It’s with good reason that champions of Catalan cuisine expound passionately on the bounty of the land and sea that surrounds the region. The products that come from the surrounding environment have created a unique local culinary heritage. It also means that even a reluctant cook can eat well because there are many and varied mainstays of Catalan cuisine that require no more effort to serve than placing on a board in the middle of a table.
Farmhouse cheeses from the volcanic Garrotxa region, deeply savoury cured sausages from Vic, tender monget beans from the Costa Maresme that become something sublime served with simply grilled lamb chops and a dollop of garlicky allioli, plump L’Escala anchovies on a slice of tomato-rubbed toast, and handfuls of dried fruit and nuts paired with a sweet Moscatel by way of dessert. A stroll around the old city quickly reveals that these edible treats are often sold from exquisite stores that have existed for generations. Sadly colmados (Catalonia’s answer to the deli), such as Colmado Múrria, are a dying breed, but well worth seeking out to source everything under one roof, and conserva bars (specialists in canned and bottled seafood, pork pâtés and preserved vegetables) such as El Xampanyet, are among the most atmospheric places to stop for a glass of fizz and some tapas the way the Catalans do it: effortlessly.
Tucked into the bottom of a slender townhouse in El Borne right opposite the Basílica Santa Maria del Mar, fondly known as the people’s cathedral, is another kind of cathedral: that of La Botifarreria, maestros of the region’s superlative cured meats and sausages. Behind the gleaming glass frontage is an even shinier glass counter, beneath which a fabulous world of porky goodness awaits, including their signature range of gourmet sausages (handy to know for self-catering visitors), which explode with bold flavours including black trumpet mushrooms and apple with curry. But it's the more traditional charcuterie that really shines, nearly all of it made in-house in a small workshop out back. Take home hunks of the misshapen sobrassada natural (a Mallorcan sausage richly flavoured with sweet pimentón and stuffed into a stomach casing), rabbit and pork cheese terrine and cooked sausages including Catalana trufada (spiked with truffles) and botifarra de huevo (enriched with egg) that can be sliced into chunky rounds and make a good breakfast buffet.
When Scotswoman Katherine McLaughlin opened her little cheese shop, Formatgeria La Seu, in one of Barcelona’s old butter-making dairies she decided to stock nothing but Spanish artisan farmhouse cheeses. As the business grew, so did her discovery of the country’s extraordinarily diverse range of product, from sturdy Manchegos to chestnut leaf-wrapped Valdeón (a creamy, blue-veined and addictive cheese from the northeasterly region of León that combines cow, goat and sheep’s milk) and locally made, tangy goats’ cheese logs. She conducts informal, stand-up tastings at the front of the shop, or, in the old-fashioned dairy itself, which she has kept almost exactly as it was, complete with marble tables and ceramic churns for private groups. A few years ago she opened a little bar next door together with business partner Francesc, who serves the drinks. It’s a great place to idle away an evening while working your way through 12 lovingly selected Spanish wines, all available by the glass, paired with Katherine’s superlative cheeses and organic charcuterie by Michelin-starred farm restaurant Els Casals.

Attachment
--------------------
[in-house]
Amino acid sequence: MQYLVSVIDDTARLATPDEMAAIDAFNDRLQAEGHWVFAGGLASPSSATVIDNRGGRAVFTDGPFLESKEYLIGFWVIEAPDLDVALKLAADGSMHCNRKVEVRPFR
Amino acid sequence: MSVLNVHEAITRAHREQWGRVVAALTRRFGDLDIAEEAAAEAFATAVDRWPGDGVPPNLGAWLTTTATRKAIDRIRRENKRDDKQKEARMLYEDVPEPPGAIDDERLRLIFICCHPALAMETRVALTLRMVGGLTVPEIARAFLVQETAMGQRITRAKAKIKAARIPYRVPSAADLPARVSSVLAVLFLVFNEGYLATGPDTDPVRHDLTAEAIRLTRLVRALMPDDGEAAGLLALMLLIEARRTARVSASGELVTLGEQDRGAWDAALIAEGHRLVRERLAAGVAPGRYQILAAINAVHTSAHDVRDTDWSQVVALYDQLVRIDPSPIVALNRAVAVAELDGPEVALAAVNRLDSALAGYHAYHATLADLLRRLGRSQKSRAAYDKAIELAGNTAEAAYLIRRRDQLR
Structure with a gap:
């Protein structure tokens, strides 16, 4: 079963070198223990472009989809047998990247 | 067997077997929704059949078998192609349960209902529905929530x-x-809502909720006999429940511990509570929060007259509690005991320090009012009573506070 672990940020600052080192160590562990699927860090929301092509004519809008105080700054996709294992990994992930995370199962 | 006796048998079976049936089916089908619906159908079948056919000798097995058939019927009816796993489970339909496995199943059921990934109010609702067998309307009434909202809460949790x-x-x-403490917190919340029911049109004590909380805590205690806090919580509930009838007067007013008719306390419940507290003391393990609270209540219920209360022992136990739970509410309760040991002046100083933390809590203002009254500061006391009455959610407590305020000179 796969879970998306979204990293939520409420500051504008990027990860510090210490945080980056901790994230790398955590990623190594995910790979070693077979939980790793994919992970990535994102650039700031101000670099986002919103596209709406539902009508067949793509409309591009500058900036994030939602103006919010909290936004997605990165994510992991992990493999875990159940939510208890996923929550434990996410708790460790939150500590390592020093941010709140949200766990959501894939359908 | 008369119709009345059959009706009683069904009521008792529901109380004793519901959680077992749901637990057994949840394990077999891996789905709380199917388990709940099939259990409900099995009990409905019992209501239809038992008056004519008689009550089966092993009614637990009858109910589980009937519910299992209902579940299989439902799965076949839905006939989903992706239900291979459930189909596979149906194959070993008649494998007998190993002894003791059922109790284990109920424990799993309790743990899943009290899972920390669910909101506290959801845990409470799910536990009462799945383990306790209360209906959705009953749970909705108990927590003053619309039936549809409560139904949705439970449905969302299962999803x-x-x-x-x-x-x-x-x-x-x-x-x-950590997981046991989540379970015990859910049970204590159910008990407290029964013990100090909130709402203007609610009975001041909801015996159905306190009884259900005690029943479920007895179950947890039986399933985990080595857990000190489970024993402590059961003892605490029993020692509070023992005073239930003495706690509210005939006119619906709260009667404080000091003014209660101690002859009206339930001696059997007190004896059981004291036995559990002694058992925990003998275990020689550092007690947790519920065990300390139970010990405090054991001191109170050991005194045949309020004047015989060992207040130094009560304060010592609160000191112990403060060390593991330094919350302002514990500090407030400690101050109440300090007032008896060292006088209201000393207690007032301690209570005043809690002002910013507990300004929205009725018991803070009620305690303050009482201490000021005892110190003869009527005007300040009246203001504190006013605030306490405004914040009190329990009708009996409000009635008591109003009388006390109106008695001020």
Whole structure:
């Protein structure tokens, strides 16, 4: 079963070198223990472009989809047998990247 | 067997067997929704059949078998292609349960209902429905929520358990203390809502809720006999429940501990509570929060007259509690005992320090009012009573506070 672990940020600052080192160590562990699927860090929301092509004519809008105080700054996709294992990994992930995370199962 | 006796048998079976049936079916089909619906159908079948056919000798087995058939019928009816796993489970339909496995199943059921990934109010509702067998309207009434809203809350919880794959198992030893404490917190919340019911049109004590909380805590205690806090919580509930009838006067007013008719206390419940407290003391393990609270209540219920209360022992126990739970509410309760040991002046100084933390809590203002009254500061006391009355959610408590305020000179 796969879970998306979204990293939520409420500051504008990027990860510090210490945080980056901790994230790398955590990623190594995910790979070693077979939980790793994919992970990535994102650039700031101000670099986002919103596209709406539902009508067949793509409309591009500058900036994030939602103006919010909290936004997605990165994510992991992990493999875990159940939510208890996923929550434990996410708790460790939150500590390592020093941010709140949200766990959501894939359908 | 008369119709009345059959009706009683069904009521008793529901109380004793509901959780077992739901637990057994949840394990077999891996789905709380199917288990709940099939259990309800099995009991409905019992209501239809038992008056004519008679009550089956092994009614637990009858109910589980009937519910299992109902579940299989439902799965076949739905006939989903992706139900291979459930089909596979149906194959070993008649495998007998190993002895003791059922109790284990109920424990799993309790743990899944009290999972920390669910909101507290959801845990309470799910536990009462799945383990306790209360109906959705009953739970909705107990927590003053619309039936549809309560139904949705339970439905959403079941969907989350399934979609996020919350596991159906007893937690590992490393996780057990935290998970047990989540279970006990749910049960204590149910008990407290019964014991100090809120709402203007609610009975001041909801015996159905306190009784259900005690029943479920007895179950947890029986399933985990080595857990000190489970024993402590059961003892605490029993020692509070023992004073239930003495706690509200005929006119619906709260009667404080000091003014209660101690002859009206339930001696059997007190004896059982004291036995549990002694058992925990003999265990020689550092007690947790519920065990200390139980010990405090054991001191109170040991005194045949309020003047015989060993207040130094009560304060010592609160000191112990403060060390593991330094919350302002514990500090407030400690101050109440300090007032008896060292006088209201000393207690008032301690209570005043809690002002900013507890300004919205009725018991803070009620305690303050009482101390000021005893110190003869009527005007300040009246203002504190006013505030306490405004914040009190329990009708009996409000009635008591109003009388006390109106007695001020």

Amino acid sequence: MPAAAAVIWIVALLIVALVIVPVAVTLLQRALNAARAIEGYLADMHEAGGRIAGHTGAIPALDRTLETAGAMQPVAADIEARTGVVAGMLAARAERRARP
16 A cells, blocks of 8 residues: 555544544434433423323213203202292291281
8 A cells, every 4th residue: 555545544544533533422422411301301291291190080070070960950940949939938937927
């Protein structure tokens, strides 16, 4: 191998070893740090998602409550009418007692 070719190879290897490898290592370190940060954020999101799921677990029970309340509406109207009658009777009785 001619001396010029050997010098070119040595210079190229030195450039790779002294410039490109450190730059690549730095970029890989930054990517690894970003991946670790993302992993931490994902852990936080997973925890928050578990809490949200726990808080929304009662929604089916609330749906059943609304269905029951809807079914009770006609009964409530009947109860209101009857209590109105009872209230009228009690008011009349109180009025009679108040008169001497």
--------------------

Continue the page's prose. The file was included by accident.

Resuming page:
There’s an ongoing debate as to the source of the best anchovies in Spain. Ask a Catalan and they’ll argue furiously in favour of the anchovies of L’Escala, just where the Costa Brava meets France. Elsewhere chances are the verdict will fall in favour of Cantabrian anchovies, which are fished in colder waters and are therefore plumper, developing an extra layer of fat for warmth. Diminishing stocks in L’Escala mean the majority of anchovies you come across in Barcelona these days are from the latter, but they still serve as a brilliantly salty, savoury sharpener to a lunchtime or dinner aperitif. In the diminutive Bodega Cala del Vermut – a thrown-together kind of a place with a huge mural of one of the Costa Brava’s traditional fishing boats on its wall and just five tables to perch at – the fish take centre stage alongside boquerones vinaigre (pickled white anchovies), and work wonders with a glass of bittersweet vermut served over ice with an olive and a slice of orange. It may not sound like a match made in heaven, but it will change your life.
Though sometimes given a bad reputation elsewhere, beans, pulses and legumes have always featured on Spanish tables as a cheap, nutritious and highly versatile means of filling an empty belly. Add a couple of chunks of chorizo to a big pot of lentils, or cook plenty of rice in a savoury broth of off-cuts and vegetable peelings, and you’ll keep a large family healthy, happy and fed. It was supplying the demand for this very pragmatic approach to household management that saw Casa Perris open its doors back in 1940. Over the decades, and as the city became more affluent, the shop expanded to include a cornucopia of other, more luxurious dried ingredients from around the Mediterranean: sun-dried peaches and apricots, almonds, hazelnuts and walnuts, smoky pimentón, drinking chocolate and artisan marmalades, and more recently exotic supplies including seaweed, dried oriental mushrooms, black garlic and speciality teas. It’s nearly all still sold from giant burlap sacks, carefully weighed out and repackaged into paper bags, almost like stepping back in time. An Ali Baba’s cave for the ingredient obsessed.